Nations like Mexico, Brazil, Indonesia, Egypt, South Africa, along with almost every developing country in the world, rely on tourism as a significant and regular income stream. To stop flights to these places would effectively be issuing them with a sentence of austerity: probably the main argument for people in the pro-air travel camp.

What’s more, conservation efforts worldwide would be lost – or at least severely impacted – without the use of air transport.

But the point that rightly aggrieves so many is the impact of flying on the planet. The Intergovernmental Panel on Climate Change (IPCC) estimates that by 2050, emissions from the aviation industry could be up to 10 times greater than 1992 levels – which stood at 2% of CO2. However, scientists claim that because the emissions are produced in areas of high altitude, aviation’s impact is even greater. Either way, this makes the industry one of the fastest growing contributors to global greenhouse gas emissions.

According to a report by the Airports Council International (ACI), 9 billion plane tickets will be sold in 2025 – nearly double the amount sold in 2010. Heathrow airport – already the third busiest in the world – is currently in discussions to build a third runway to deal with this projected increase, though plans have been criticised by green groups. However, to deal with air travel’s increasingly heavy footprint, carbon offsetting serves as one solution. This means compensating the emissions produced from your travels, usually by investing relatively small amounts into things such as renewable energy and the planting of trees.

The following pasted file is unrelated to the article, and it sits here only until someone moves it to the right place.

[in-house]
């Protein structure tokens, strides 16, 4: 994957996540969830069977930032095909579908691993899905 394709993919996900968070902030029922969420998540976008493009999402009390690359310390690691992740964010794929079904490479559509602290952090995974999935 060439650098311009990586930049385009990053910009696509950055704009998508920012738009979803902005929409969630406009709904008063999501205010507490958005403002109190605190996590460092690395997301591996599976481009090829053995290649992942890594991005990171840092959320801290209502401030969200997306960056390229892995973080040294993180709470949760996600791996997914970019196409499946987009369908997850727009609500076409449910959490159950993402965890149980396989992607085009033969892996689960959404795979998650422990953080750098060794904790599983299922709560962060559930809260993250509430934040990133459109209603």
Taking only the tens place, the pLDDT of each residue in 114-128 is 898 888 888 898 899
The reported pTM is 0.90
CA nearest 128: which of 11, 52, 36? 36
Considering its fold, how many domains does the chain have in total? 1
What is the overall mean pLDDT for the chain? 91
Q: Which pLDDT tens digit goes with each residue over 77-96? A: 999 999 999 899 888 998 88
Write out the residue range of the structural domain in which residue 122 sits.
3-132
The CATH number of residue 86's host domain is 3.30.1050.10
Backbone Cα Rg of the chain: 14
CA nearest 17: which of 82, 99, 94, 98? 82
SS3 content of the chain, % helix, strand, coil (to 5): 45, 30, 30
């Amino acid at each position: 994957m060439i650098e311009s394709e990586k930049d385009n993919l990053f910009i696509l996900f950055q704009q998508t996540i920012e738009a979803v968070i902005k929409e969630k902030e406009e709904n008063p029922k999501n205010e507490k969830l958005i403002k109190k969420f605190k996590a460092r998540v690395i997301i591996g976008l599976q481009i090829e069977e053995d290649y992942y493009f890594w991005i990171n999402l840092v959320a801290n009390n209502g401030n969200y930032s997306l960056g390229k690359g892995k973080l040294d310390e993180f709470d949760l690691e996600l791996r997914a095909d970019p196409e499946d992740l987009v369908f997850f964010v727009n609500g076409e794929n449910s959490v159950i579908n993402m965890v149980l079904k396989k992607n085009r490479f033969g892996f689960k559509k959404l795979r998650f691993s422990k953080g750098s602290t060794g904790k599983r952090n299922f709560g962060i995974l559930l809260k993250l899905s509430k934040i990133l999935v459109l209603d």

According to, it costs just under £21 to offset a 12,000 mile flight from Heathrow to Tokyo that emits 2.79 tonnes of CO2. Meanwhile a shorter flight – Aberdeen to Gatwick (851 miles) – costs just £1.30. All small prices to pay to counterbalance the impact of your flights.

But carbon offsetting does have its critics. – one of the leading tour operators for sustainable holidays – removed the ability for customers to offset their emissions in 2009.